Please use this identifier to cite or link to this item: https://hdl.handle.net/2440/48691
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dc.contributor.advisorJose, Nicholasen
dc.contributor.authorErrington, Susanen
dc.date.issued2008en
dc.identifier.urihttp://hdl.handle.net/2440/48691-
dc.description.abstractThe White Distance’ is a work of fiction set in Australia and Antarctica at the time of World War I. The story focuses on two lovers, Dora and Daniel, who are part of Australia’s vigorous anti-war movement. Each of the lovers comes to the movement for different reasons. Dora’s beloved brother has been killed in France; Daniel is a printer interested in the new left-wing ideas emerging in Europe, especially Russia. Wanting to escape public pressure to join up and fight, Daniel takes a position with an Antarctic expedition and travels there with a small team from the Commonwealth Bureau of Meteorology to collect weather data. This was a time of major Antarctic exploration, with the Australian expedition led by Douglas Mawson taking place in 1913. In Antarctica, in the novel, the leader of Daniel’s expedition suffers a nervous breakdown and becomes dangerously violent, believing his men are German spies. Daniel and his colleagues have to consider the possibility that the only way to stop their leader might be to kill him. After Daniel leaves, Dora joins a more radical anti-war group led by the charismatic Malachy Mara. She is forced to reconsider what she believes when the group decides to place a pipe bomb in a railway station, which will kill many civilians. Worse for her, she is likely to be the one selected to put the bomb into position. ‘The White Distance’ is also a love story about two lovers who, after being very close, are separated by a great and unfathomable distance. Dora and Daniel struggle to keep their love alive by writing letters to one another, even though they cannot be posted, and keeping journals that will not be read until Daniel returns. Each confronts a deep personal crisis without the other there for support. They use their words to one another to draw the strength to hold on. Although set in the past, the novel raises issues which are relevant to current international and national concerns such as the clash of ideals and personal morality, terrorism, public violence, war and pacifism, love and separation. Exegesis The accompanying exegesis, ‘Reframing the Past for the Present: Writing ‘The White Distance’’, examines the research material and creative influences behind the development of the novel, ‘The White Distance’. It considers the issues which I confronted in writing an historical work of fiction, and concludes by placing the novel in the wider context of current debates about Australian historical fiction.en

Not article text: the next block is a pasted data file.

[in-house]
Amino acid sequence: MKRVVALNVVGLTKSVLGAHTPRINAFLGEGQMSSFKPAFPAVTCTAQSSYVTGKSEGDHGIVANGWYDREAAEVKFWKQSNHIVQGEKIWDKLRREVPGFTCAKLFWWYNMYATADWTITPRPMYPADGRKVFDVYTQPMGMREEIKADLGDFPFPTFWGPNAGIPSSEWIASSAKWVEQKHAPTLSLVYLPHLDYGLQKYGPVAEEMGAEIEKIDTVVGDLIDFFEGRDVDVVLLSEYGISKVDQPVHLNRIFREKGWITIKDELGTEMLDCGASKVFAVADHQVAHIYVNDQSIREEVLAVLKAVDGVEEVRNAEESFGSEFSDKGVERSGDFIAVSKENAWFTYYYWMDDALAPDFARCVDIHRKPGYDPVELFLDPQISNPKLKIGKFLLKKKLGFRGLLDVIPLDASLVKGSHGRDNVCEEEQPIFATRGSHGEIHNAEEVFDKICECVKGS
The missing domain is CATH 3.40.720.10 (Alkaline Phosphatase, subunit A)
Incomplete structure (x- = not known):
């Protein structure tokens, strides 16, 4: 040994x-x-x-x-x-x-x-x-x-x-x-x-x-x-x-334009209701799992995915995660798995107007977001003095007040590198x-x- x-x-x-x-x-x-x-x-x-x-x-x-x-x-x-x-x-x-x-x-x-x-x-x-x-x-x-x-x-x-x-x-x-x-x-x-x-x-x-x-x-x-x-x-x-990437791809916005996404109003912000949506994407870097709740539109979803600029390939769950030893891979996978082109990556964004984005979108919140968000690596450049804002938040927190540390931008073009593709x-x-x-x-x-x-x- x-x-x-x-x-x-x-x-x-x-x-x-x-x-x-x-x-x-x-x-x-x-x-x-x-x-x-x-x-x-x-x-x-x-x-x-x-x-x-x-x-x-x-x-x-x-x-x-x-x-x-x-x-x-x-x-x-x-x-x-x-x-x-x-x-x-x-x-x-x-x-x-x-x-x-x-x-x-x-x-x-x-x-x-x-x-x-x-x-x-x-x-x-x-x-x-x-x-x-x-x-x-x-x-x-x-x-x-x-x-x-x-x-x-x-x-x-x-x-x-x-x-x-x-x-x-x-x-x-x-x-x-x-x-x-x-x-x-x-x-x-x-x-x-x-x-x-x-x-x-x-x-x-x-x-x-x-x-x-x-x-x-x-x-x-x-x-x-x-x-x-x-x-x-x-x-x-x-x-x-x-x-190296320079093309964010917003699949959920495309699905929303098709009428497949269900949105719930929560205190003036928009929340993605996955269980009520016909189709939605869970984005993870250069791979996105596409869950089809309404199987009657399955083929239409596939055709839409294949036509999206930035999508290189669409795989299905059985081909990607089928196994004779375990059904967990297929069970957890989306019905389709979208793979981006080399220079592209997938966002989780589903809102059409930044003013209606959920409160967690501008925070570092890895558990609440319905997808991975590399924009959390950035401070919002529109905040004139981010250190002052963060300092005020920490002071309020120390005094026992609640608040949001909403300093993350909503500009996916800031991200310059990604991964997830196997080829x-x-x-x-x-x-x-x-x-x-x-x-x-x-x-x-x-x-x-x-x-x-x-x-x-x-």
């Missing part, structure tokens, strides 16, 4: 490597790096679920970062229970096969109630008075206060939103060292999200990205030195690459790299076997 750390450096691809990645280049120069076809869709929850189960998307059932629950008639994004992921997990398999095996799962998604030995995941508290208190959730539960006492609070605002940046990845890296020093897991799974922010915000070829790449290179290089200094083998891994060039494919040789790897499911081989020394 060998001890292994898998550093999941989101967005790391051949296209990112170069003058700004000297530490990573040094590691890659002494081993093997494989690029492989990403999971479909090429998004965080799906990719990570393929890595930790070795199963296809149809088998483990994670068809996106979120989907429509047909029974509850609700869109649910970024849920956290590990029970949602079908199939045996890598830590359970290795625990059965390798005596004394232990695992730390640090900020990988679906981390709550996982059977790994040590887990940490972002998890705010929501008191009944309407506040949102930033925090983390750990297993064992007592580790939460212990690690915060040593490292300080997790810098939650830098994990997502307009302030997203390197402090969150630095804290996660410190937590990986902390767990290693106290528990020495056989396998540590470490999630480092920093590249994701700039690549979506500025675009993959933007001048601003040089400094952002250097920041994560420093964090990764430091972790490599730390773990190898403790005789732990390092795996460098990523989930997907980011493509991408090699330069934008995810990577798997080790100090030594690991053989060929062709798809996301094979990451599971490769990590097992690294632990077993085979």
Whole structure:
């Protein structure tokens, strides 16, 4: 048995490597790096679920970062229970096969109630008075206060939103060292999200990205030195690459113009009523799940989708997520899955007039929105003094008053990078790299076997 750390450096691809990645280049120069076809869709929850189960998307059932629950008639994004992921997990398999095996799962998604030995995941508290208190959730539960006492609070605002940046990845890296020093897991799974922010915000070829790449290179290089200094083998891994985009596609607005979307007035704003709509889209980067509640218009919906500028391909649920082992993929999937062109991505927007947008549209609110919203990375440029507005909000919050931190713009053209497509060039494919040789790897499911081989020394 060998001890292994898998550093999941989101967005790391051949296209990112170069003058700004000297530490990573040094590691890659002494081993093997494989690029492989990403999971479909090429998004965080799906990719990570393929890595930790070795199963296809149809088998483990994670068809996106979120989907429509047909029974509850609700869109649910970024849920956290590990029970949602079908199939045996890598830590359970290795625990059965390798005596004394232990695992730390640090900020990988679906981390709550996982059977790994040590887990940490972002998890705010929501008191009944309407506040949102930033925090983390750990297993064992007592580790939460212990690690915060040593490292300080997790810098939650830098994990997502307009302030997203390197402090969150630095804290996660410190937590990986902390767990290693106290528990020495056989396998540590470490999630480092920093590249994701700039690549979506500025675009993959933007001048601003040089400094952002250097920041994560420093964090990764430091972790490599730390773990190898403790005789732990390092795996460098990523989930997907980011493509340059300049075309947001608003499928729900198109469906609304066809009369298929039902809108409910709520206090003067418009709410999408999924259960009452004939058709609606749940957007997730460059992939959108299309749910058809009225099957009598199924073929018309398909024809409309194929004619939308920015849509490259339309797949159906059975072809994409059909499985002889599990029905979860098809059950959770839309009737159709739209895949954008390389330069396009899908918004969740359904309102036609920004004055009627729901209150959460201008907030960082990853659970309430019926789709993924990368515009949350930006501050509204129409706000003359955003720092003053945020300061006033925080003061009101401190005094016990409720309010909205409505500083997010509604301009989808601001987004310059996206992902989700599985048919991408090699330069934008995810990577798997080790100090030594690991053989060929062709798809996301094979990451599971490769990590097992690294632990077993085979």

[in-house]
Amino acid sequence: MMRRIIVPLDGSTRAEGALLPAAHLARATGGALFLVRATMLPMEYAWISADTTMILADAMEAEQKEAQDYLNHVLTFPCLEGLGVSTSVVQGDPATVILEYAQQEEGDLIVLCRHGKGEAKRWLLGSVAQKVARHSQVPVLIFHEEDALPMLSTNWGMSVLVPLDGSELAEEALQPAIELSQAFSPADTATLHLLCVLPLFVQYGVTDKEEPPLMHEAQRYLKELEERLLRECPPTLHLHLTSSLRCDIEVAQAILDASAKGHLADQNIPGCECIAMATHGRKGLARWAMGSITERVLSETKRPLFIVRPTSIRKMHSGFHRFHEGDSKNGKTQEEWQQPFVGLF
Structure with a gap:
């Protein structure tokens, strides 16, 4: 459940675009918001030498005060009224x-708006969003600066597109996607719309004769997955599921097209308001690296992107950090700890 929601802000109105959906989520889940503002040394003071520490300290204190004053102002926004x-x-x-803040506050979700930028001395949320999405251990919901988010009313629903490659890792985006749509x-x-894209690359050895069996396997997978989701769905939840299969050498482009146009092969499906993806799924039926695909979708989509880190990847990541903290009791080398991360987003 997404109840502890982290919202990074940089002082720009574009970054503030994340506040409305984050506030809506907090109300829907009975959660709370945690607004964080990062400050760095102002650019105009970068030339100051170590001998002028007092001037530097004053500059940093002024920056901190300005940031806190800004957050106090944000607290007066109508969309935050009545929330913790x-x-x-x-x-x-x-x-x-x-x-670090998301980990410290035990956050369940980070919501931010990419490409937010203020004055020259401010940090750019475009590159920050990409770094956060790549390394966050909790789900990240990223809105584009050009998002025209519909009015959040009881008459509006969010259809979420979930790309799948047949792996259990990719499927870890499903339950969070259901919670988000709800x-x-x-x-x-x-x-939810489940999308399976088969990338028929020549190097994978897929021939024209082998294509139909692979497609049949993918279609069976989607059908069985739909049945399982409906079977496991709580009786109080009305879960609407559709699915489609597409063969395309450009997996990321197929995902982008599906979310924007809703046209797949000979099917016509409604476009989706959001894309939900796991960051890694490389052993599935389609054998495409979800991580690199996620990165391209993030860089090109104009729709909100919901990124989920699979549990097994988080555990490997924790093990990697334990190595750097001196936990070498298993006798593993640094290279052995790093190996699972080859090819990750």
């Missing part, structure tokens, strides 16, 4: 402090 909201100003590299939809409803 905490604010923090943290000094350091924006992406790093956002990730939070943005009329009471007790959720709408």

dc.subjectAntarctica; World War I; fiction; history; creative writingen
dc.titleThe White Distance: a novel.en
dc.typeThesisen
dc.contributor.schoolSchool of Humanities : Englishen
dc.provenanceThis electronic version is made publicly available by the University of Adelaide in accordance with its open access policy for student theses. Copyright in this thesis remains with the author. This thesis may incorporate third party material which has been used by the author pursuant to Fair Dealing exception. If you are the author of this thesis and do not wish it to be made publicly available or If you are the owner of any included third party copyright material you wish to be removed from this electronic version, please complete the take down form located at: http://www.adelaide.edu.au/legals-
dc.description.dissertationThesis (Ph.D.) -- University of Adelaide, School of Humanities, 2008en
Appears in Collections:Research Theses

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